A prime example of why you should ALWAYS send a follow-up email.
I was so glad she had followed up because if I had missed out on that story, I would have kicked myself. And that’s how we got 39. Though it was very upsetting to a few of our writers who have severe OCD. They really wanted an even number. But I like to say we have 40 authors because one of the stories is written by a pair of writers— Ellen Gale Williams and Erin Dwyer Dymowski of Sisterhood Of The Sensible Moms. There are 39 stories by 40 authors. So we do have that even number in there.
How did you choose the essays? What made you go Wow! This has to be in the book!?
My partner, Diane Hayman, who’s in In The Powder Room’s London office, she and I edited the book together. She is my favorite audience, ever. She’s really funny and loves to laugh and has one of those loud, boisterous laughs that’s just contagious. If you hear her laughing, you want to know what she’s laughing about. I’m not as easy to entertain. I’m bitter and mean. I’m jaded. So there were some moments when I was like Eh … I don’t know … Is this funny? And Diane would go, OMG! I love it! So if she loved something, it was going in the book.
When you read so much, it does raise the bar.
I think you’re right. I feel like, especially after being editor-in-chief for a year, I have read so many funny things every week, it really takes a lot to make me laugh out loud. So that was another bar I set for this book. If it could make ME laugh out loud, then I thought it could really entertain other people.
Let’s talk about being editor-in-chief for a moment. How did you come to be In The Powder Room?
I started my blog, The Bearded Iris, in 2008 as a hobby because I was home with a toddler, and I desperately needed a way to connect with the world that didn’t involve my nipples.
Ahhh …. So stripping was out?
LM: Stripping was out for a number of reasons! I’d probably step on my boobs more often than anything else, and that would be embarrassing and painful. So, I started my blog instead. And in 2012, I made the Babble Top 100 Mom Blog list. That’s what got me noticed by the people of In The Powder Room. It really was a match made in heaven. They were looking for someone like me, an edgier blogger who wasn’t beholden to any particular brand, who wasn’t afraid to say outrageous things. And I wanted a place to work. It was a perfect combination.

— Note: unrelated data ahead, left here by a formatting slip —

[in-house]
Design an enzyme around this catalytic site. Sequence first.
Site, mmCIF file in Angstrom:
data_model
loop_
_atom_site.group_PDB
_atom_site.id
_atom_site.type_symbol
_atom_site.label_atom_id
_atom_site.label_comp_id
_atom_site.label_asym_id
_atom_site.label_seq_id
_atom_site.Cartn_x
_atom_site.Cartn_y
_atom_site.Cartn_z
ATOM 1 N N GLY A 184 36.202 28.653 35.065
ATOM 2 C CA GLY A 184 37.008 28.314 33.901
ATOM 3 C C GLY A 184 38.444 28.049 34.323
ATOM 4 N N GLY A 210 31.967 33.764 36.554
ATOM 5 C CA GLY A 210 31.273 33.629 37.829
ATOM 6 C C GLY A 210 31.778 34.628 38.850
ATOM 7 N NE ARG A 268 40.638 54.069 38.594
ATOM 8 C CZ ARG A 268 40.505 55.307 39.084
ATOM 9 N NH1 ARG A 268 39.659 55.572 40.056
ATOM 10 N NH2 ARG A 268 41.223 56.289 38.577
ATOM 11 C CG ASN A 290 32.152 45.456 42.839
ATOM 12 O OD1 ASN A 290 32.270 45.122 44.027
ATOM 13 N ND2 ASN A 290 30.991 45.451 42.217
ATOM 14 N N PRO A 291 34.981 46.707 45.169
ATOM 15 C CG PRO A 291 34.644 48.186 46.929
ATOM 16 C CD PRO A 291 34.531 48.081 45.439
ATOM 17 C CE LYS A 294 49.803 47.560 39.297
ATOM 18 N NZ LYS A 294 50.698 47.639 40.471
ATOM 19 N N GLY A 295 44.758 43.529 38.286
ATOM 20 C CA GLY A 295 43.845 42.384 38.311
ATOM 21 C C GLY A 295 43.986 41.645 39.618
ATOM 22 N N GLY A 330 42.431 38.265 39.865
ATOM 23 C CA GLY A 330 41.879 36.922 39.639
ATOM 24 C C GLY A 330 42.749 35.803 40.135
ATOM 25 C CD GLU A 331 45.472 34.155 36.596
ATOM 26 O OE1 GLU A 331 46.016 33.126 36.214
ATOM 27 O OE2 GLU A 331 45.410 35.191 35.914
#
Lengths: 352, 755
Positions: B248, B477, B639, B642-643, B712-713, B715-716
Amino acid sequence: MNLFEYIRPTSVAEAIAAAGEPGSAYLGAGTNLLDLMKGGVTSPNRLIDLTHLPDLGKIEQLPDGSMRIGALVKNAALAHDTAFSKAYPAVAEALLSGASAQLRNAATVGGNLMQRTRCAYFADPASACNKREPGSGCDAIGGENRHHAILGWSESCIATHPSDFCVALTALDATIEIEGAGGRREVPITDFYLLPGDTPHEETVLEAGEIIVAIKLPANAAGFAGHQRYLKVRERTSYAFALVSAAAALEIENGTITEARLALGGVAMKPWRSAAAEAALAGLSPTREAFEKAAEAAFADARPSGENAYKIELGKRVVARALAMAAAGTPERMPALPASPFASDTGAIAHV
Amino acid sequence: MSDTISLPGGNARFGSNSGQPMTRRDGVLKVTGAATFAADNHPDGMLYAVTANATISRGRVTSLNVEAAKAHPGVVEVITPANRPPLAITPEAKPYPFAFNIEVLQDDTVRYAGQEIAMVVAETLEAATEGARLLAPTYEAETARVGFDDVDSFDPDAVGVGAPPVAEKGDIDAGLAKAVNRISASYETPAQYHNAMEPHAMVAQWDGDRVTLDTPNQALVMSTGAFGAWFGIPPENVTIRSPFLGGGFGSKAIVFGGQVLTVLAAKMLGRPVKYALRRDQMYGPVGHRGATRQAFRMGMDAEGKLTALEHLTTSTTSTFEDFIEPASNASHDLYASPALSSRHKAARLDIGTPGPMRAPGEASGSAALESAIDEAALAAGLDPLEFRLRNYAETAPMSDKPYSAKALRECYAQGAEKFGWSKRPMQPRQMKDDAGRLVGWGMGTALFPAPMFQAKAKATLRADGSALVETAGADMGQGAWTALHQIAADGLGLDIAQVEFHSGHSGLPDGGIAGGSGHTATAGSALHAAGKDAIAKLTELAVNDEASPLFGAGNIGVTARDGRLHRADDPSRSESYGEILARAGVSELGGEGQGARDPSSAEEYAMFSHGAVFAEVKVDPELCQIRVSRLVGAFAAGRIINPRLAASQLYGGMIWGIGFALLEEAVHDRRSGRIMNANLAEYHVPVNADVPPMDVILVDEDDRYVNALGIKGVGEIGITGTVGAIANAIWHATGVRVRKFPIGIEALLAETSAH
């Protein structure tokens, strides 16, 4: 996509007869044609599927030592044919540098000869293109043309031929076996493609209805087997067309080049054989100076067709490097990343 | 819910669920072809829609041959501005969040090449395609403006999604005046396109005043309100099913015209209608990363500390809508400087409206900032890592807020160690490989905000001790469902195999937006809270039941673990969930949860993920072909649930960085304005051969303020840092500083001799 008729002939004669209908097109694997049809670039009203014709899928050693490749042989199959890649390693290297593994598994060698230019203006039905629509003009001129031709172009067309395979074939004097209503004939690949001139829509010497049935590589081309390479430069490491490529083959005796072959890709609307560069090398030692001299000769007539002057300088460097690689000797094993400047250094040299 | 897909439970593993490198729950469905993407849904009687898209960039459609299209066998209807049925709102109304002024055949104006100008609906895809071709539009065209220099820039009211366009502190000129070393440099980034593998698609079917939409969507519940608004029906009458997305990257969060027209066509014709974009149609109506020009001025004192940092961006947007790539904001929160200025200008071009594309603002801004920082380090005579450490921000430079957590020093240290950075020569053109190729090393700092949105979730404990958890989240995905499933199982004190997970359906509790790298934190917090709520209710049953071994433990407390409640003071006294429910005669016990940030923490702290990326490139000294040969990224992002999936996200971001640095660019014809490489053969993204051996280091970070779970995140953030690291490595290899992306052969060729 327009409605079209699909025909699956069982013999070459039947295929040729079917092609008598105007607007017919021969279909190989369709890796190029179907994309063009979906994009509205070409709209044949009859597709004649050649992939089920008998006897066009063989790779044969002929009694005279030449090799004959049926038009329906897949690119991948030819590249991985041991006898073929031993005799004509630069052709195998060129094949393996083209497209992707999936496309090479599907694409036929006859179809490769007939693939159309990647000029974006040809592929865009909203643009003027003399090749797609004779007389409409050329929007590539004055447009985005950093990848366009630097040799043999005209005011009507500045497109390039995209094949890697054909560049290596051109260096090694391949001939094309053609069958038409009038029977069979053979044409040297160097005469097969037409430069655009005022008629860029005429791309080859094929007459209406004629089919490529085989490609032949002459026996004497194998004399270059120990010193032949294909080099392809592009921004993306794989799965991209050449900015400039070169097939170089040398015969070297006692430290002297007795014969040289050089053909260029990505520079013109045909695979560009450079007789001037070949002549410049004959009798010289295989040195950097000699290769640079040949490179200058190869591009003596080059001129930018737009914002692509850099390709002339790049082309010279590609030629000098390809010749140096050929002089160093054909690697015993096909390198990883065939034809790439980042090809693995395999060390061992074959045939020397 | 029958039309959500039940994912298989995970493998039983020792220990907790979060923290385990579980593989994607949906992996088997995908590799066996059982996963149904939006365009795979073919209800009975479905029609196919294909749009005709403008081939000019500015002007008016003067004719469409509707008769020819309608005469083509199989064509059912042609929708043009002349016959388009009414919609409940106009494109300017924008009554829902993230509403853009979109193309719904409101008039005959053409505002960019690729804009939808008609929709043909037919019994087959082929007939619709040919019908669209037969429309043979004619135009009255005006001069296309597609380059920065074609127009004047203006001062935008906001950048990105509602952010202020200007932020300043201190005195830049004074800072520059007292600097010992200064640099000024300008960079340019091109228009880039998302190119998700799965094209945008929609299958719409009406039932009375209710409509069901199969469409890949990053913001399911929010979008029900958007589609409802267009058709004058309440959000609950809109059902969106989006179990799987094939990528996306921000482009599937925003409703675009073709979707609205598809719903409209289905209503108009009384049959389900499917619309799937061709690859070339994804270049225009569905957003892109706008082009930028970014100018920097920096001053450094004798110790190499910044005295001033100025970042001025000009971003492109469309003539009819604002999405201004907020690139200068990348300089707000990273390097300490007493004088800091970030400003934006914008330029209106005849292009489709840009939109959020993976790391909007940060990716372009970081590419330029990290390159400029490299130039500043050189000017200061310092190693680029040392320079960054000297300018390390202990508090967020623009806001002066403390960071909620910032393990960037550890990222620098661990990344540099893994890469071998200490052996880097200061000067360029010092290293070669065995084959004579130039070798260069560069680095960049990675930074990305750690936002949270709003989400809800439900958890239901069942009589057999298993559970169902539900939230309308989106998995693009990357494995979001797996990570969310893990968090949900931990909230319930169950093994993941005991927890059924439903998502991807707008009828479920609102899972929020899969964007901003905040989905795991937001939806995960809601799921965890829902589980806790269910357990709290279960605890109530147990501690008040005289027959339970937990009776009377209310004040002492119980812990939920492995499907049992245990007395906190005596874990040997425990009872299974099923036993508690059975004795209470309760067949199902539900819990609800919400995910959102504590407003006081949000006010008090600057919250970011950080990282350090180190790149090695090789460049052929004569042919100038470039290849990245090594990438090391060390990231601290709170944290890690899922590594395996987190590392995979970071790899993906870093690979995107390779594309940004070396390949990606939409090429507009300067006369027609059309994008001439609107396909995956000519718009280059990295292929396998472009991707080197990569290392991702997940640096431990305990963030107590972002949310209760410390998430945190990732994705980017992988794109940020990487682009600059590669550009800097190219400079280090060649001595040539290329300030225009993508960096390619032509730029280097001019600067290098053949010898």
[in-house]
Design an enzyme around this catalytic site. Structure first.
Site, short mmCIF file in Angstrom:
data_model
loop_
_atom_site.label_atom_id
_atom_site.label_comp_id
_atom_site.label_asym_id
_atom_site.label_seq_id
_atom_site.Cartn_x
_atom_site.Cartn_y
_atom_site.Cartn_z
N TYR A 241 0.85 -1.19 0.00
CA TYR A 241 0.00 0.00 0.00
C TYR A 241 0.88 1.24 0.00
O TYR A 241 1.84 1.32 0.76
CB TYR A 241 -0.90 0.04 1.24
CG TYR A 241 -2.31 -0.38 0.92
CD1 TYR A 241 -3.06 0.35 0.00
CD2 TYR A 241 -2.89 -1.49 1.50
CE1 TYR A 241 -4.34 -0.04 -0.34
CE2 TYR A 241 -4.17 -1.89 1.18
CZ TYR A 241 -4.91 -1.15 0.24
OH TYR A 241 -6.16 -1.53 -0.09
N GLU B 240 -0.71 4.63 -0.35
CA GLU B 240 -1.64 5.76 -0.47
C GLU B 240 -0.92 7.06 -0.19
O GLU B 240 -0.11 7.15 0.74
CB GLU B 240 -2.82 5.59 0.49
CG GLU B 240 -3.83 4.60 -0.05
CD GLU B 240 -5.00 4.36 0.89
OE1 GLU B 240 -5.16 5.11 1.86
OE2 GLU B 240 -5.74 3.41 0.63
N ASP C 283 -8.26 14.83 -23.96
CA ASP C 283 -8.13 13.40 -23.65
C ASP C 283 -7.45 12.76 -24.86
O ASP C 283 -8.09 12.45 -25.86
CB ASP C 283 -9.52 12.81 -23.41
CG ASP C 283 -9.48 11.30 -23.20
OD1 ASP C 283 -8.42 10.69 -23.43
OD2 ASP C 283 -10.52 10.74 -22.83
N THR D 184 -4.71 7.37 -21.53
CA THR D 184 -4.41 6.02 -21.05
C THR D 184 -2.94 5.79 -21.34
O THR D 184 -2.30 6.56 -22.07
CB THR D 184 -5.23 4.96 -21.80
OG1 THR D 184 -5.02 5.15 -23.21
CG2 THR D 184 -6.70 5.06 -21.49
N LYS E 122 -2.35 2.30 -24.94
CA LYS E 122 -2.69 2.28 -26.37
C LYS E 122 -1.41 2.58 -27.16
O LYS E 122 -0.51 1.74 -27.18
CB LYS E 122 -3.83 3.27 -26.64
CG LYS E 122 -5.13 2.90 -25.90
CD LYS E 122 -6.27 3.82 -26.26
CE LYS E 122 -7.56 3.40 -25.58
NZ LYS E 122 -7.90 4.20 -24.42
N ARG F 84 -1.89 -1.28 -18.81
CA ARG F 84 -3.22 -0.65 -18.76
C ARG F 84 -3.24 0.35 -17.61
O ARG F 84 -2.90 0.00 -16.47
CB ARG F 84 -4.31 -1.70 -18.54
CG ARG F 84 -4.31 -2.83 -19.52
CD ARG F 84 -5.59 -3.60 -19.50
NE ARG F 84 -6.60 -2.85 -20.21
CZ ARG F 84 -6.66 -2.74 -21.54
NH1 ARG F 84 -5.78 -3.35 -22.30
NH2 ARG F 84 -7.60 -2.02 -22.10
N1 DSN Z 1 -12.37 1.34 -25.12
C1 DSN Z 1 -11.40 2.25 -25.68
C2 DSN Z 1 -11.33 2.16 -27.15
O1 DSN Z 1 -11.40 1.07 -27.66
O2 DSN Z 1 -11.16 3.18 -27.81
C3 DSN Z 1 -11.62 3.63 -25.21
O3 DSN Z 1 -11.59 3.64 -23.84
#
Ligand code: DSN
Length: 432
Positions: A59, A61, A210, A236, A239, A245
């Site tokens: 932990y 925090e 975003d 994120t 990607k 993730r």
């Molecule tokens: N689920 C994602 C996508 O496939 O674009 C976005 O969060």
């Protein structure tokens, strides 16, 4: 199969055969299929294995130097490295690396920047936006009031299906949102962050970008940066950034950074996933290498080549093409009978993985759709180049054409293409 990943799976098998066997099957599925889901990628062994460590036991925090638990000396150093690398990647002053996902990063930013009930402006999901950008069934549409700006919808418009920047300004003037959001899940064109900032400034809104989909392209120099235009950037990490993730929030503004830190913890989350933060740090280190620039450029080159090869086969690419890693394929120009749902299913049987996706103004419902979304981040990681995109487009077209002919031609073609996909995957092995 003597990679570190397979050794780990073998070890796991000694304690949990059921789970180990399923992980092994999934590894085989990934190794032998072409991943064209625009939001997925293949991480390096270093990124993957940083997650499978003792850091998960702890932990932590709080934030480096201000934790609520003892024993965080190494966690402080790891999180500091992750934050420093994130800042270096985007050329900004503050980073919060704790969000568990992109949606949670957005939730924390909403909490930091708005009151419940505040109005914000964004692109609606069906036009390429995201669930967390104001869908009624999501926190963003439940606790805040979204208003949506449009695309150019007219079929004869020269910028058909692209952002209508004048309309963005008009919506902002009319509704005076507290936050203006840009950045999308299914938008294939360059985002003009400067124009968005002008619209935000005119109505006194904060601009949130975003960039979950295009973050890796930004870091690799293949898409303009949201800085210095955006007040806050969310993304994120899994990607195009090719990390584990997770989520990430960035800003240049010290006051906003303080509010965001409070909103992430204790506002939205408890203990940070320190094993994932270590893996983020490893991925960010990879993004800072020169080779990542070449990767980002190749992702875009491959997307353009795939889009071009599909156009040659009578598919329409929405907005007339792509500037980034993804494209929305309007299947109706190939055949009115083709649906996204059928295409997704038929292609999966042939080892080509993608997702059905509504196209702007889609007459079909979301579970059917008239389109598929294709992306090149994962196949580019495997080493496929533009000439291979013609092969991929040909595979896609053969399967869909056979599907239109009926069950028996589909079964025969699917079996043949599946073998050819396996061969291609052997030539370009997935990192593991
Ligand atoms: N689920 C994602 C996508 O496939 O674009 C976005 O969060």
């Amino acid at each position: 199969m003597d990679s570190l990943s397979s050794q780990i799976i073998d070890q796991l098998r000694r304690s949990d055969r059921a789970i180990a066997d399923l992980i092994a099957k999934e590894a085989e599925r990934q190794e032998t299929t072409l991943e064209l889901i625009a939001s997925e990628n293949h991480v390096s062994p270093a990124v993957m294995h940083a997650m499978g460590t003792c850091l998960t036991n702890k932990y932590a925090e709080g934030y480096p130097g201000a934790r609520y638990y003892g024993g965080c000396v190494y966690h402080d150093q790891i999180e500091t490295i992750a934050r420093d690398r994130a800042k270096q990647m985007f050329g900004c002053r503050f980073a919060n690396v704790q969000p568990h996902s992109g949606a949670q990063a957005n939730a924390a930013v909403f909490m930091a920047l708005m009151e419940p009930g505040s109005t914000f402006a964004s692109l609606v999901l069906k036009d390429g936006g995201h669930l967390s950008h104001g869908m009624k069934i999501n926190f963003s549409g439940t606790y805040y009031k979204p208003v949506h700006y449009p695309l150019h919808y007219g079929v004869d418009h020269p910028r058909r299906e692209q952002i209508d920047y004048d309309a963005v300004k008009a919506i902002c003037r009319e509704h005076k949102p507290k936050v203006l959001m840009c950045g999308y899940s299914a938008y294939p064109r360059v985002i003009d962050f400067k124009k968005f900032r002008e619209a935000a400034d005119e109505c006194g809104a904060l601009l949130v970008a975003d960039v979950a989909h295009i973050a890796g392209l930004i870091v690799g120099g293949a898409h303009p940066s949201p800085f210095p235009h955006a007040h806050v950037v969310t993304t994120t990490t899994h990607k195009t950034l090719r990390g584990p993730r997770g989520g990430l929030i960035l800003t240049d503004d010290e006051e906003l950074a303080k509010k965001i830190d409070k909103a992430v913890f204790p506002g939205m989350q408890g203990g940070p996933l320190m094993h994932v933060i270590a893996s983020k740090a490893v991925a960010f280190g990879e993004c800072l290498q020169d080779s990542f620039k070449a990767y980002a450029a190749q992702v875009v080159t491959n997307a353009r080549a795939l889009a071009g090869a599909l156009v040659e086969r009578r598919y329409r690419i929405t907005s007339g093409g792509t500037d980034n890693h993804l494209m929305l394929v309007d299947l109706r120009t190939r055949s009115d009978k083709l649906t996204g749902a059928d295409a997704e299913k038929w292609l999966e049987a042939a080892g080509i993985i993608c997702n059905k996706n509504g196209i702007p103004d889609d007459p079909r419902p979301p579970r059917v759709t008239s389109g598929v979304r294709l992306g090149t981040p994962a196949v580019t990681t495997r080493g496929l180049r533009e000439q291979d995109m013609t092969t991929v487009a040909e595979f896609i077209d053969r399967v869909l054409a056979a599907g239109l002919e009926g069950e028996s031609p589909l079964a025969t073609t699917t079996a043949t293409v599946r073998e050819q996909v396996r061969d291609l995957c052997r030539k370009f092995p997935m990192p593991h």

Many bloggers blog at home, at their kitchen tables, on their couches, on their patios—Tumblr has a whole feed of great photos of where bloggers like to work. In fact, you can see Science Of Parenthood’s Denver office featured there]. But the point is, many bloggers are squeezing in their writing on their free time, when their kids are napping or in school or on the soccer field or basketball court, which can be a tricky balance to maintain. How do you balance your job and kids and family life?
I have three kids, ages 13, 10 and 6. And they are doing a really good job of thriving in spite of my parenting. How I balance is … I don’t balance. That question—how do you balance?—always makes me queasy inside because it’s like Honey! Balance? Balance? I have no balance. I have no time for exercise or a social life. I’m still in my pajamas. (Actually, can my clothes be considered pajamas if I wore them yesterday, then took off the pants, slept in the T-shirt and then woke up today and pulled the pants back on?) Seriously. The people who look like they are doing it all, most certainly are not.
They’re either drinking in the closet or they have a staff.
And I don’t drink, nor do I have a staff. So, I try to get as much done during the day while the kids are in school. But the thing I’ve chosen to completely let go of is —
Sex with your husband?!?
Not sex with my husband. Though if you ask him, I’m sure his answer would be different. I do have sex with my husband, so there’s that. It’s tough to work that into my work life though. Hard as it might be to believe, I do have some boundaries with what I blog and don’t blog. But no. What I’ve let go of is the maintenance on the inside of my home. My house is a hovel. It’s like something out of the TV show Hoarders. And actually I was on Oprah’s Clean Up Your Messy House tour in 2008.